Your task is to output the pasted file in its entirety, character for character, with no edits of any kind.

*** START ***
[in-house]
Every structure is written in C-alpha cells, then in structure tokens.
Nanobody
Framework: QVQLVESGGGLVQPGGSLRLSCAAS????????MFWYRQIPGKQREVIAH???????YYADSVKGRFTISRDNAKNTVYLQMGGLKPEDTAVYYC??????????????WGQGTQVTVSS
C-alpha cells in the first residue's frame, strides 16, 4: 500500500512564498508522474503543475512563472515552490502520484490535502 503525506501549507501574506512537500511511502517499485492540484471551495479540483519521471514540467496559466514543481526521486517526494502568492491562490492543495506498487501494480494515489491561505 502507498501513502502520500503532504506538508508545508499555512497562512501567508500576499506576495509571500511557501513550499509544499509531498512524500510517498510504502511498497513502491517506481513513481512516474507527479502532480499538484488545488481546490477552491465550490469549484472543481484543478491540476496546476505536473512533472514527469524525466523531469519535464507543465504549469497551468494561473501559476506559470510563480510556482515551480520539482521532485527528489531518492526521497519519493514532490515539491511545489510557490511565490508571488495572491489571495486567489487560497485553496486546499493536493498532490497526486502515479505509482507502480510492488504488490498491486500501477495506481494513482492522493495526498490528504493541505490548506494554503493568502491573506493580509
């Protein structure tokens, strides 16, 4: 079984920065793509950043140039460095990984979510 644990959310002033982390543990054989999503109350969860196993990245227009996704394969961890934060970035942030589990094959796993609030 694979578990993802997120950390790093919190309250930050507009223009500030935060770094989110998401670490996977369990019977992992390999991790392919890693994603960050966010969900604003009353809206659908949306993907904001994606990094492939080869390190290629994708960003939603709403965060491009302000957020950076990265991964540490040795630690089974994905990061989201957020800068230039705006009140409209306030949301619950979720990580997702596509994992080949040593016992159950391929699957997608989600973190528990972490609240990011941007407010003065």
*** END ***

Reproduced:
[in-house]
Every structure is written in C-alpha cells, then in structure tokens.
Nanobody
Framework: QVQLVESGGGLVQPGGSLRLSCAAS????????MFWYRQIPGKQREVIAH???????YYADSVKGRFTISRDNAKNTVYLQMGGLKPEDTAVYYC??????????????WGQGTQVTVSS
C-alpha cells in the first residue's frame, strides 16, 4: 500500500512564498508522474503543475512563472515552490502520484490535502 503525506501549507501574506512537500511511502517499485492540484471551495479540483519521471514540467496559466514543481526521486517526494502568492491562490492543495506498487501494480494515489491561505 502507498501513502502520500503532504506538508508545508499555512497562512501567508500576499506576495509571500511557501513550499509544499509531498512524500510517498510504502511498497513502491517506481513513481512516474507527479502532480499538484488545488481546490477552491465550490469549484472543481484543478491540476496546476505536473512533472514527469524525466523531469519535464507543465504549469497551468494561473501559476506559470510563480510556482515551480520539482521532485527528489531518492526521497519519493514532490515539491511545489510557490511565490508571488495572491489571495486567489487560497485553496486546499493536493498532490497526486502515479505509482507502480510492488504488490498491486500501477495506481494513482492522493495526498490528504493541505490548506494554503493568502491573506493580509
């Protein structure tokens, strides 16, 4: 079984920065793509950043140039460095990984979510 644990959310002033982390543990054989999503109350969860196993990245227009996704394969961890934060970035942030589990094959796993609030 694979578990993802997120950390790093919190309250930050507009223009500030935060770094989110998401670490996977369990019977992992390999991790392919890693994603960050966010969900604003009353809206659908949306993907904001994606990094492939080869390190290629994708960003939603709403965060491009302000957020950076990265991964540490040795630690089974994905990061989201957020800068230039705006009140409209306030949301619950979720990580997702596509994992080949040593016992159950391929699957997608989600973190528990972490609240990011941007407010003065």